Science in the service of religion? A museum study

Mathilde Daussy-Renaudin

Mathilde Daussy-Renaudin (University College London in partnership with the History of Science Museum in Oxford)

Supervised by Dr Silke Ackermann (Oxford) and Professor Michael J. Reiss (London). 

Mathilde graduated from the Ecole du Louvre in Paris, in 2014, with a medieval architecture speciality. She also did her two-year Master’s degree at the Ecole du Louvre in Art History and Museology and graduated with distinction in 2017. She was then chosen to enter a selective program to prepare for the French curator’s examination, before moving in Oxford. 

In 2016, she was an intern in the Decorative Arts Department in the Louvre, where she worked to write new labels for the maiolicas collection, and, in 2017, she did a six-months internship in the Museum of Cluny, as assistant curator. Throughout her studies, Mathilde was a volunteer in Paris museums and heritage monuments and sites; she has also worked at the Bibliothèque Nationale de France and the Bodleian Libraries in Oxford.

Mathilde’s research investigates the collections of scientific instruments of the History of Science Museum in Oxford. With an immense number of astrolabes, sundials and other astronomical instruments that also carry religious quotations or astrological engravings, this collection raises many questions about the relationships between science and religions. Mathilde’s CDP doctoral project is a museum study at the crossing of many subjects, and she is passionate about this interdisciplinary aspect.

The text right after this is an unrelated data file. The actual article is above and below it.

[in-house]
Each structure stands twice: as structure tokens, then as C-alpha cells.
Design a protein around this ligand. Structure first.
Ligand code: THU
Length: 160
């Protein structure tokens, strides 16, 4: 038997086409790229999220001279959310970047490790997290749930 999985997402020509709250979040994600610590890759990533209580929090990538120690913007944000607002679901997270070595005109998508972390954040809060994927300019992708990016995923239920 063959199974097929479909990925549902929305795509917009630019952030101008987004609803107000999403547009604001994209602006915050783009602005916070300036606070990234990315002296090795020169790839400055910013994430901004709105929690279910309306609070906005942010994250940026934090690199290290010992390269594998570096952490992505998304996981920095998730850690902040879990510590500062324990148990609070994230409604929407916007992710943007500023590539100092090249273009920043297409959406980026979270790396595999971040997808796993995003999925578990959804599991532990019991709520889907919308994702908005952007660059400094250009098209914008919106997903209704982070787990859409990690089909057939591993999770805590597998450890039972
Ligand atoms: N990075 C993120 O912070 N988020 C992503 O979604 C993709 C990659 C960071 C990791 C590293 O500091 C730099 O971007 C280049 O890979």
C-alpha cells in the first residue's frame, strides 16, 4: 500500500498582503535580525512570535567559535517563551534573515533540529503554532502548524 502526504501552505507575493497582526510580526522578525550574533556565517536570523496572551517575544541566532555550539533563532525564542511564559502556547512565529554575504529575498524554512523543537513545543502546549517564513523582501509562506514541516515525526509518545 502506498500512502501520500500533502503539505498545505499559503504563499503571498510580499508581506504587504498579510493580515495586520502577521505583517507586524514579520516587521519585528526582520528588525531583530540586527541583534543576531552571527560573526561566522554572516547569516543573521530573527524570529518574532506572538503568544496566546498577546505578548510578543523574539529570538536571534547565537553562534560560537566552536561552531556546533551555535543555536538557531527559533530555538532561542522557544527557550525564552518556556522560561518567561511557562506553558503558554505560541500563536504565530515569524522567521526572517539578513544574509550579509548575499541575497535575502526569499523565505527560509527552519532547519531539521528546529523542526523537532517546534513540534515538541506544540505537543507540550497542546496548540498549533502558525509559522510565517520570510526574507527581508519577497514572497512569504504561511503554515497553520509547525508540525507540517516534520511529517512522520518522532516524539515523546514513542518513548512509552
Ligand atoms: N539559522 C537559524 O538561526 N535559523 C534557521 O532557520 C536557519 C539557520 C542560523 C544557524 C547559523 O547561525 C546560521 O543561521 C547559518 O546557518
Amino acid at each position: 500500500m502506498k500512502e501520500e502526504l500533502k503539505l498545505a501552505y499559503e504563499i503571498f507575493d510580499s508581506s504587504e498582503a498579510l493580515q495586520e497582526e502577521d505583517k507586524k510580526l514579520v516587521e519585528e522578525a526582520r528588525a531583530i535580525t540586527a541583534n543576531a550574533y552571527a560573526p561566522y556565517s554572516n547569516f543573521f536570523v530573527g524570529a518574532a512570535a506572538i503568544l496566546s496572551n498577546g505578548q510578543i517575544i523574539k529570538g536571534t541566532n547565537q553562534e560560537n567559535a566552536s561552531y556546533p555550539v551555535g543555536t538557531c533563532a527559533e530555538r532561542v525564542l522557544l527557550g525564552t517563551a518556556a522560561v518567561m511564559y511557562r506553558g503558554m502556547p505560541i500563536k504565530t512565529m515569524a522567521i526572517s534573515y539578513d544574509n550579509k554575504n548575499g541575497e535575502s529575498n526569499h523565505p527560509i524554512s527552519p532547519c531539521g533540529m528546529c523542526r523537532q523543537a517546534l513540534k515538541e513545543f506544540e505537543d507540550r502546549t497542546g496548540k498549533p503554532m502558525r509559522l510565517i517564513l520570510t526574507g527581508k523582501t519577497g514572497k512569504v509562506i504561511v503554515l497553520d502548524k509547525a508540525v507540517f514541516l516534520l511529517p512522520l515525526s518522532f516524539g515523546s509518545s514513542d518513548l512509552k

She is also interested in the very labels of the objects. Indeed, museums label some object ‘Islamic instruments’ or ‘Islamic science’ whereas the phrases ‘Christian instruments’ and ‘Christian science’ are not used. So, she will investigate other ways of labelling objects, new narratives to present them. 

Mathilde will focus on how to redisplay this collection in the light of Vision 2024, the ambitious strategy to ‘revolutionise’ the museum for its centenary. She will develop and trial new displays and monitor visitors’ responses to them in close collaboration with local communities and other museums with similar collections.